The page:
Furnishing the Building

Member office/tiles/non-collection/c/cannon-member-office-web.xml
Image courtesy of Library of Congress

Member's offices included furniture for meetings, storage, desk work and comfortable Turkish armchairs.


Combination closet/tiles/non-collection/c/combo closet.xml
Image courtesy of Library of Congress Combination closets accommodated a variety of storage needs, providing book shelves, file drawers, and hanging space for clothing.
Irvine Lenroot/tiles/non-collection/2/2008_062_002.xml
Collection of the U.S. House of Representatives
About this object
Rep. Irvine Lenroot makes good use of his roll top Member's desk in this 1917 photograph. The leather upholstered, swiveling desk chair seen here was referred to as the Aldrich chair.
This new modern building called for practical modern furnishings. But Congress also stipulated that the furniture chosen for the office building was to reflect the stately nature of the House. These demands were balanced in simply designed and well-constructed pieces, made with high quality materials. The project’s specifications included that the furniture must be constructed of the “very best quality Cuban or Mexican mahogany, specifically selected for even texture and for uniformity of color and figure” and that the upholstery must be “French finished, hand-buffed leather or its equal.” Machined details were also out of the question. All carving was to be done by hand, “executed with spirit and care and left so as to show the tool marks.” Details on the joints and construction were also included, and it was expected, overall, that “all construction be of the very best cabinet workmanship throughout.”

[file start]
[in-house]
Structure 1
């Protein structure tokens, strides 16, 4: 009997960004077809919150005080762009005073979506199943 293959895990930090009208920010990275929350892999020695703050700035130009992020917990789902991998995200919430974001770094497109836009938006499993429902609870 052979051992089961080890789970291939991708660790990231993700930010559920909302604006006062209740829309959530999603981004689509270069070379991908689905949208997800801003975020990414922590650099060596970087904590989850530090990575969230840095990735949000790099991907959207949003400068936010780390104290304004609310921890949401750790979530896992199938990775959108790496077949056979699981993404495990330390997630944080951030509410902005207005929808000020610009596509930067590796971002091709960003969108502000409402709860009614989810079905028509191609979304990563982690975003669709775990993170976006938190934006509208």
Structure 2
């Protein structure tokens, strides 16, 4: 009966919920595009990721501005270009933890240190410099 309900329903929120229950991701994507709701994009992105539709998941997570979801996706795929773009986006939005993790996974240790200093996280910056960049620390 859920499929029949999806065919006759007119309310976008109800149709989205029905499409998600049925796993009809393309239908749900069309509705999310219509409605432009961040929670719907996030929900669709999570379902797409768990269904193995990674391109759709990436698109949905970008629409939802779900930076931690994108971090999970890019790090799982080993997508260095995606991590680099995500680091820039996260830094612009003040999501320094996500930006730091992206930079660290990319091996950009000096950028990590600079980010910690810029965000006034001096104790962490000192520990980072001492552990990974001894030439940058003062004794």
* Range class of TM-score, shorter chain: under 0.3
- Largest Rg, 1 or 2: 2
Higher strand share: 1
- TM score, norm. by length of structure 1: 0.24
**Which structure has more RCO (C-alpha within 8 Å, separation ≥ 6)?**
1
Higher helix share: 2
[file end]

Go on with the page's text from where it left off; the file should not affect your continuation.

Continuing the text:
With more than 400 rooms to be fitted, several cabinet makers were engaged for the project. Gimbel Brothers of New York made the conference tables, which were embellished only with fluted legs and a glossy French-polished surface. John Wanamaker and Co. was chosen to supply, among other elements, the Arts and Crafts style rolltop Member’s desks, various chairs, and the “combination cabinets,” essentially a portable closet that could accommodate books, clothing, and papers. The “Turkish” chairs—easy chairs with decoratively tufted and pleated leather upholstery—were supplied by the Julius Lansburgh Company of Washington, D.C. After more than 100 years, some of these desks, office chairs, tables, and Turkish chairs continue to furnish congressional offices.

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